Continued from Part 5: Why oil demand seasonality affects tanker stocks
China replaces the United States in oil shipments
There are two key driving forces of oil shipment demand today, which has been a trend for the past five years: an increase in growth in China, countered by a decrease in oil shipments to the United States. In 2010, the largest importers of oil in the world were the United States, China, Japan, and India. The United States imported 459 million metric tonnes of oil (21% of total), while China, the second largest, imported 239 million (11% of total), according to data from the U.S. EIA (Energy Information Administration). Driven by economic growth and car use, China imported a record amount of 271 million metric tonnes of oil in 2012. But over the same period, the United States reduced its import to 423 million metric tonnes due to a domestic energy boom (explained in Part 7).
Negative year-over-year growth
Although we’ve seen higher oil consumption from 2012, (see Part 5), a recent monthly report by RS Platou (an international ship and offshore brokers and investment bank) shows that global shipments of oil fell 3.0% year-over-year during the first five months, which was worse than the -2.6% seen for the first four months. Weak import growth from China, due to last year’s stockpiling activity, and continued production growth in the United States were the main causes for the negative year-over-year figure. That has negatively impacted tanker companies earlier this year.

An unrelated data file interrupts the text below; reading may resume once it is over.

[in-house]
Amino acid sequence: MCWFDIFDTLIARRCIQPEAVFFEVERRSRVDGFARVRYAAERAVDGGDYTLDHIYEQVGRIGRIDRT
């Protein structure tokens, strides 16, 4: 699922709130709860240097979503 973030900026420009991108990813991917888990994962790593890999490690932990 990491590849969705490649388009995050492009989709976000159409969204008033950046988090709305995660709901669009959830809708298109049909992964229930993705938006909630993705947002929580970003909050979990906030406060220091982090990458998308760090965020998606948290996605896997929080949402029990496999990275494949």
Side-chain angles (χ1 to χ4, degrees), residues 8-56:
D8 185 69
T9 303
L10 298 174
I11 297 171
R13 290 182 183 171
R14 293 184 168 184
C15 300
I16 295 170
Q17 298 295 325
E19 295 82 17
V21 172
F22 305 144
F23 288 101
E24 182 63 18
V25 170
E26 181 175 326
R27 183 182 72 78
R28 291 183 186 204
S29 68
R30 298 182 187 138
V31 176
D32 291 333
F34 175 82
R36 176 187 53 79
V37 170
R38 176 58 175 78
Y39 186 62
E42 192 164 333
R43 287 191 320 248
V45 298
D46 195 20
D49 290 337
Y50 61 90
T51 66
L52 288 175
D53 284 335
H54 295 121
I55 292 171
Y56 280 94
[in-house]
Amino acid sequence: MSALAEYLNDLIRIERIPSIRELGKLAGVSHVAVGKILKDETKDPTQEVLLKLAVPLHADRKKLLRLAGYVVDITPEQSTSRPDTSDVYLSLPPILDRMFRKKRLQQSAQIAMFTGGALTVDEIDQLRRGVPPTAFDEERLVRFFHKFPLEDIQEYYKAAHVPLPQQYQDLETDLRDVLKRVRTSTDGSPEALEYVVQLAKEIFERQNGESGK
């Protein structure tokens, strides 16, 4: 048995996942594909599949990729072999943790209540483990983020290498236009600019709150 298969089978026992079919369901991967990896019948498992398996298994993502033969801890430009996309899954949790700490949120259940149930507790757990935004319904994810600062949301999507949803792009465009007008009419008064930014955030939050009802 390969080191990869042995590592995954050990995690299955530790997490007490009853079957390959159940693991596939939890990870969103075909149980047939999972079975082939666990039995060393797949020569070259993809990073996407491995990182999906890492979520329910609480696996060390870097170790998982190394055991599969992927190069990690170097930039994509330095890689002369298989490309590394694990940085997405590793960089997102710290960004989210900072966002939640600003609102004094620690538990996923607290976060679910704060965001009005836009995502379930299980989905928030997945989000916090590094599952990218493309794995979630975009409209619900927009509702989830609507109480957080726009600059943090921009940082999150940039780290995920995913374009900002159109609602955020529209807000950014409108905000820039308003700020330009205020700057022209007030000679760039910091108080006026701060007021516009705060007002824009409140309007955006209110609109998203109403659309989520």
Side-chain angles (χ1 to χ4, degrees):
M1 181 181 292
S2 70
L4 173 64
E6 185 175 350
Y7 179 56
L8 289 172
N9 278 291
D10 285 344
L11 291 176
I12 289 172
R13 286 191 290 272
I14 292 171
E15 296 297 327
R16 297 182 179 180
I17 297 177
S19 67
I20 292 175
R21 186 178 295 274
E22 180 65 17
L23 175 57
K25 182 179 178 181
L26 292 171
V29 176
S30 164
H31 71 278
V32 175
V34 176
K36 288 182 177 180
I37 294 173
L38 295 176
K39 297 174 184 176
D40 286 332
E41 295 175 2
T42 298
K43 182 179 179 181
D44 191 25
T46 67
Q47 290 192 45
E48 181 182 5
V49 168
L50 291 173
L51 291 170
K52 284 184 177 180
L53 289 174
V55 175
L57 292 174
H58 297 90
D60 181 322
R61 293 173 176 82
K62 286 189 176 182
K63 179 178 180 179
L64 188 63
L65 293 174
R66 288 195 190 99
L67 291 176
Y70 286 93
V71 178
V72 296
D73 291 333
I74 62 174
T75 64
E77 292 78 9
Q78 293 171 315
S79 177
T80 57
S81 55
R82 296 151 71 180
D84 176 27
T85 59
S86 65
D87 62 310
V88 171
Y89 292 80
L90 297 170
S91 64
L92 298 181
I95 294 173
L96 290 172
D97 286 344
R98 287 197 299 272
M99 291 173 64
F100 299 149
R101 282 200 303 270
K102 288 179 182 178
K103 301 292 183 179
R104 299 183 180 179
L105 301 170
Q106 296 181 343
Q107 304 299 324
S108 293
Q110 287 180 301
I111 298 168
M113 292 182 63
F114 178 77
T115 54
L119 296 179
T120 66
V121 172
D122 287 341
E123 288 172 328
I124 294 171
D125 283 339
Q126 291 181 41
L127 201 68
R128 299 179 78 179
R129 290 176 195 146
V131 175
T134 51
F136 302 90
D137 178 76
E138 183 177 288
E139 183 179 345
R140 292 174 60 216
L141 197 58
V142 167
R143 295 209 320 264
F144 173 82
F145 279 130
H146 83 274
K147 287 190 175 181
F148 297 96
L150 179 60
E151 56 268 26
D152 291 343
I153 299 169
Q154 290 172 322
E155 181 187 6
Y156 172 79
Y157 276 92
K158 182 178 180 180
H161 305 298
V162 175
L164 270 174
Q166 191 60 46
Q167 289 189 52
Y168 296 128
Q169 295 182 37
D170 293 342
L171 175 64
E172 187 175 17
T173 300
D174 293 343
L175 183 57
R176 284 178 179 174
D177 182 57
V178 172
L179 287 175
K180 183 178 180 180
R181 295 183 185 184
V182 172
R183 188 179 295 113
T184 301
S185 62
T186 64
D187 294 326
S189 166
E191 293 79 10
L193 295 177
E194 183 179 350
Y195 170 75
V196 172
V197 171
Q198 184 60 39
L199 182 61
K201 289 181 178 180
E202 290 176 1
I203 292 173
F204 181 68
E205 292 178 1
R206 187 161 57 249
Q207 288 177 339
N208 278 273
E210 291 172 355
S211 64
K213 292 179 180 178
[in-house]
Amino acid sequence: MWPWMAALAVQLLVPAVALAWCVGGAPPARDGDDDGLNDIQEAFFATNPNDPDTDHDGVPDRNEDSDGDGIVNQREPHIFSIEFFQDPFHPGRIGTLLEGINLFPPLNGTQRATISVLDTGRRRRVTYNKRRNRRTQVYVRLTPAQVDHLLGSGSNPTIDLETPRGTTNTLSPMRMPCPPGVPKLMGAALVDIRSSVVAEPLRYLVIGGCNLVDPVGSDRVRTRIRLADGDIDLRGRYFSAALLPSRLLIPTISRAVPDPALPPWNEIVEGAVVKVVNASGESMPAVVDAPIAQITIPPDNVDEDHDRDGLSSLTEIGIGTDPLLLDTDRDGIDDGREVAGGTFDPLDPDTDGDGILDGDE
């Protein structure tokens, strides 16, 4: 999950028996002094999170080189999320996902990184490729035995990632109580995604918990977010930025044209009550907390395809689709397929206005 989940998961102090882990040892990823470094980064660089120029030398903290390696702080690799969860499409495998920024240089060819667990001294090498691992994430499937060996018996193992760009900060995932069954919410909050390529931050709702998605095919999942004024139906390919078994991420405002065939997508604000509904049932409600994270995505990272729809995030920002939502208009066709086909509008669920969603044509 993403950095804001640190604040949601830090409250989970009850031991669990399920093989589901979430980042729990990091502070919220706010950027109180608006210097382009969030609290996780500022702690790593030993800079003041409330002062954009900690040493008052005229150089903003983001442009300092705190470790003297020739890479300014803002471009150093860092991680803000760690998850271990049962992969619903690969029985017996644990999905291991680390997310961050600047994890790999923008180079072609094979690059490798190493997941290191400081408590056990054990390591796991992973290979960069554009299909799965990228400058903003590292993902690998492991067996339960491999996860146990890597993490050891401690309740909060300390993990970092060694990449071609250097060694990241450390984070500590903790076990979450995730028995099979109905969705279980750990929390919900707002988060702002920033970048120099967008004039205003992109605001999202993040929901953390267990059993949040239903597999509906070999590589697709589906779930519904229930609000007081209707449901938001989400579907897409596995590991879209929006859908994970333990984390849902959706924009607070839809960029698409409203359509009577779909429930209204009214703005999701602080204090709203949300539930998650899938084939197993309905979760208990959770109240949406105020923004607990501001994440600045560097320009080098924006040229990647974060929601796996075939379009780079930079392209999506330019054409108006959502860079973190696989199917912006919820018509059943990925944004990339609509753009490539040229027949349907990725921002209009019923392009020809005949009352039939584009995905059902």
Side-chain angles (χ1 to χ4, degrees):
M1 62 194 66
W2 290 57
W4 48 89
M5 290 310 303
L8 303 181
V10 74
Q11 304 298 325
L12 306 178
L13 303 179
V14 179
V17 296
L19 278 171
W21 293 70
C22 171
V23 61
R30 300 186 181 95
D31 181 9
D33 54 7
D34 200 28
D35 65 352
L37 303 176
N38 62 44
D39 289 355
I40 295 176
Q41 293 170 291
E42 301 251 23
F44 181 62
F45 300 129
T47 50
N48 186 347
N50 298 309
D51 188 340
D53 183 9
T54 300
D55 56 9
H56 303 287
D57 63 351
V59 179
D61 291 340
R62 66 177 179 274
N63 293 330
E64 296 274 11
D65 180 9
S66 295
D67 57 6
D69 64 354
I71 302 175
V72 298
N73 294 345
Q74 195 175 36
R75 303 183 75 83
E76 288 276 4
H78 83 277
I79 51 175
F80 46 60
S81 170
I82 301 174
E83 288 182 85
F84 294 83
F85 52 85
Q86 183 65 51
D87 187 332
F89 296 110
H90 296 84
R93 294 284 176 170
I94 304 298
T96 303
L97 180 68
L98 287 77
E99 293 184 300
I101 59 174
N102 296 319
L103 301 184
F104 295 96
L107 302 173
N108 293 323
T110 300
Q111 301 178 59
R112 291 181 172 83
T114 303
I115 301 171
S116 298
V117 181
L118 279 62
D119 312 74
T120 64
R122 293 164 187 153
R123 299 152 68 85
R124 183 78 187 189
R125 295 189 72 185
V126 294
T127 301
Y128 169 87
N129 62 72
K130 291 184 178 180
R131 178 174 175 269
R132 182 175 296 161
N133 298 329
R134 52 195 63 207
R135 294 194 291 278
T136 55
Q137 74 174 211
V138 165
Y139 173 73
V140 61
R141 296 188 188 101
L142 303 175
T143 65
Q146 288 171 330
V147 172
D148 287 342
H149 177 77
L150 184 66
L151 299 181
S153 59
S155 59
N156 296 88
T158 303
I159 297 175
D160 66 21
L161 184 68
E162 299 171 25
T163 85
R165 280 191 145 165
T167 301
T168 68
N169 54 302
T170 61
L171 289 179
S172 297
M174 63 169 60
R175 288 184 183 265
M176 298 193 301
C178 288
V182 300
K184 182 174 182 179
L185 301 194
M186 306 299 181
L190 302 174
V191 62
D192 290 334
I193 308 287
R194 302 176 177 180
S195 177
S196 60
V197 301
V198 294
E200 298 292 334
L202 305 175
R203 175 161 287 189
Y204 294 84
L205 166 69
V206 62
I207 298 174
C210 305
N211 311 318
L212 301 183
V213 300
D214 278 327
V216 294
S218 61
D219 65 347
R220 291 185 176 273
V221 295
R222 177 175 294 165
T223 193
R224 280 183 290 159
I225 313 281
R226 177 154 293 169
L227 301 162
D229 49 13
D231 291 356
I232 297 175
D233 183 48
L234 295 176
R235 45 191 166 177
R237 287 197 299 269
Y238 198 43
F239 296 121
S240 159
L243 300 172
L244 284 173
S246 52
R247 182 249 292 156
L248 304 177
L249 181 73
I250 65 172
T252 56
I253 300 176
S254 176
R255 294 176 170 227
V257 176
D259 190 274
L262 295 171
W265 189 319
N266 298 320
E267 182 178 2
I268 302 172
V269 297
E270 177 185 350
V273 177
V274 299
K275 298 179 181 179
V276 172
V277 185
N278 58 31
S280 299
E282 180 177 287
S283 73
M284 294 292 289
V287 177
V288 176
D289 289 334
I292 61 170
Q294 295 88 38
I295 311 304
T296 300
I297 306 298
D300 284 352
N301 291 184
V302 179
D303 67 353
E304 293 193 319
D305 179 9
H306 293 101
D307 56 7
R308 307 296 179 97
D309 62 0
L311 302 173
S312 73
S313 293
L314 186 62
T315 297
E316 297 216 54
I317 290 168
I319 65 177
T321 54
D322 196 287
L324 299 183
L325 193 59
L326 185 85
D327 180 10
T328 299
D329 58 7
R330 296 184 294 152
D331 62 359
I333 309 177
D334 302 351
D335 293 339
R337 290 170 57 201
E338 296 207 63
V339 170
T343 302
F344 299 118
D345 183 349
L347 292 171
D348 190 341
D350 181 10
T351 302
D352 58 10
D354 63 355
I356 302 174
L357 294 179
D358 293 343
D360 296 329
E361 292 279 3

China’s oil import to rise
On an annual basis, China’s 2013 oil imports are unlikely to grow much from last year, because China continued to import more oil even while consumption growth fell due to lower economic growth in 2012. However, oil imports could rise further throughout the second half of this year, as the country’s currently importing less its long-term trend line. Higher industrial output, driven by better outlook in Europe (China’s largest trading partner) and the government’s determination to maintain stable growth throughout the end of the year and meet its target of 7.5% economic growth adds to the probability of its oil imports rising.
If this were the case, it would positively impact tanker rates in the short to medium term. This would then be positive for tanker companies such as Teekay Tankers Ltd. (TNK), Tsakos Energy Navigation Ltd. (TNP), Nordic American Tanker Ltd. (NAT), and Frontline Ltd. (FRO). The Guggenheim Shipping ETF (SEA) would benefit as well.
- Part 1 - Tanker stocks weekly analysis introduction
- Part 2 - Ship orders fall and activity remains weak
- Part 3 - Ship construction activity rises, caution ahead for investors
- Part 4 - Capacity growth continues to fall, higher supply growth to come
- Part 5 - Why oil demand seasonality affects tanker stocks
- Part 6 - Why China’s oil imports drive global tanker stocks
- Part 7 - U.S. oil imports continue to fall due to U.S. energy boom
- Part 8 - Oil production outlook mostly negative for tanker stocks
- Part 9 - Why shipping rates fell and will likely remain depressed
- Part 10 - Why investors should track multiple tanker industry indicators
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